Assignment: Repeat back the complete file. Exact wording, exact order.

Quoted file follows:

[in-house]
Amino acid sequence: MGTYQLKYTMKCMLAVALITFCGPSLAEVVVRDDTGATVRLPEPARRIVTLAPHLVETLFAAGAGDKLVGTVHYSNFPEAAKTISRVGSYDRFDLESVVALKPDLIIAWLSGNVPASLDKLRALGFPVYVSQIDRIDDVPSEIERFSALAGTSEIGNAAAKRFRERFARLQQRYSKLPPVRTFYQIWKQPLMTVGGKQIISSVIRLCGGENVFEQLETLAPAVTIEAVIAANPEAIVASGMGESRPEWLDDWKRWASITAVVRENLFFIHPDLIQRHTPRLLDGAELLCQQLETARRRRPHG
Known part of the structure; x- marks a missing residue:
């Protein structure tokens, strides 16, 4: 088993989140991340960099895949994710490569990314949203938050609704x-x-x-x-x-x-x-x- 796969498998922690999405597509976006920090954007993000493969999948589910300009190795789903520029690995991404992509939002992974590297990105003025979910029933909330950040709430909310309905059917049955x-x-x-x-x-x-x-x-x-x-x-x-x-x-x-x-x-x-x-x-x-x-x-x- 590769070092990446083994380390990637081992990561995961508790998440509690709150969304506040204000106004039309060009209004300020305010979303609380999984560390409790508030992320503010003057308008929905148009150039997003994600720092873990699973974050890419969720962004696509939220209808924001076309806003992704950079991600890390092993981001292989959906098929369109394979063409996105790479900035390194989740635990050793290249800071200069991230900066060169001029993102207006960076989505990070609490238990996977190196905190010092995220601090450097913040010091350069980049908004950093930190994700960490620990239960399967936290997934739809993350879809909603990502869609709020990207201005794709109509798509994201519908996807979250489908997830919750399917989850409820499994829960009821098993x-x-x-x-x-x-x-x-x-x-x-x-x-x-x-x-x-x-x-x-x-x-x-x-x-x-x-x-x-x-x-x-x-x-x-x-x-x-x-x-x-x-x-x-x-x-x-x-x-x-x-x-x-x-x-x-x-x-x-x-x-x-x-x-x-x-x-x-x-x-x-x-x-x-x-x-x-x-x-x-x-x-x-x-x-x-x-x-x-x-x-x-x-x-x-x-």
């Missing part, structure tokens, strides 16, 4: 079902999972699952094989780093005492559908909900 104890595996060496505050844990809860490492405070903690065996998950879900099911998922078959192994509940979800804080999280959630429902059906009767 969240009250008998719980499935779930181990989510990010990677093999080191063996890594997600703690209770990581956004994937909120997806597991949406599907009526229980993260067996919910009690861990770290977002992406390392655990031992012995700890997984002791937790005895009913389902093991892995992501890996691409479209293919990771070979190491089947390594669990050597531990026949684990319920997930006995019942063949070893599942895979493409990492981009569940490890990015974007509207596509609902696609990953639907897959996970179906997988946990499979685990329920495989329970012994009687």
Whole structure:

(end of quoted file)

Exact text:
[in-house]
Amino acid sequence: MGTYQLKYTMKCMLAVALITFCGPSLAEVVVRDDTGATVRLPEPARRIVTLAPHLVETLFAAGAGDKLVGTVHYSNFPEAAKTISRVGSYDRFDLESVVALKPDLIIAWLSGNVPASLDKLRALGFPVYVSQIDRIDDVPSEIERFSALAGTSEIGNAAAKRFRERFARLQQRYSKLPPVRTFYQIWKQPLMTVGGKQIISSVIRLCGGENVFEQLETLAPAVTIEAVIAANPEAIVASGMGESRPEWLDDWKRWASITAVVRENLFFIHPDLIQRHTPRLLDGAELLCQQLETARRRRPHG
Known part of the structure; x- marks a missing residue:
């Protein structure tokens, strides 16, 4: 088993989140991340960099895949994710490569990314949203938050609704x-x-x-x-x-x-x-x- 796969498998922690999405597509976006920090954007993000493969999948589910300009190795789903520029690995991404992509939002992974590297990105003025979910029933909330950040709430909310309905059917049955x-x-x-x-x-x-x-x-x-x-x-x-x-x-x-x-x-x-x-x-x-x-x-x- 590769070092990446083994380390990637081992990561995961508790998440509690709150969304506040204000106004039309060009209004300020305010979303609380999984560390409790508030992320503010003057308008929905148009150039997003994600720092873990699973974050890419969720962004696509939220209808924001076309806003992704950079991600890390092993981001292989959906098929369109394979063409996105790479900035390194989740635990050793290249800071200069991230900066060169001029993102207006960076989505990070609490238990996977190196905190010092995220601090450097913040010091350069980049908004950093930190994700960490620990239960399967936290997934739809993350879809909603990502869609709020990207201005794709109509798509994201519908996807979250489908997830919750399917989850409820499994829960009821098993x-x-x-x-x-x-x-x-x-x-x-x-x-x-x-x-x-x-x-x-x-x-x-x-x-x-x-x-x-x-x-x-x-x-x-x-x-x-x-x-x-x-x-x-x-x-x-x-x-x-x-x-x-x-x-x-x-x-x-x-x-x-x-x-x-x-x-x-x-x-x-x-x-x-x-x-x-x-x-x-x-x-x-x-x-x-x-x-x-x-x-x-x-x-x-x-």
């Missing part, structure tokens, strides 16, 4: 079902999972699952094989780093005492559908909900 104890595996060496505050844990809860490492405070903690065996998950879900099911998922078959192994509940979800804080999280959630429902059906009767 969240009250008998719980499935779930181990989510990010990677093999080191063996890594997600703690209770990581956004994937909120997806597991949406599907009526229980993260067996919910009690861990770290977002992406390392655990031992012995700890997984002791937790005895009913389902093991892995992501890996691409479209293919990771070979190491089947390594669990050597531990026949684990319920997930006995019942063949070893599942895979493409990492981009569940490890990015974007509207596509609902696609990953639907897959996970179906997988946990499979685990329920495989329970012994009687």
Whole structure: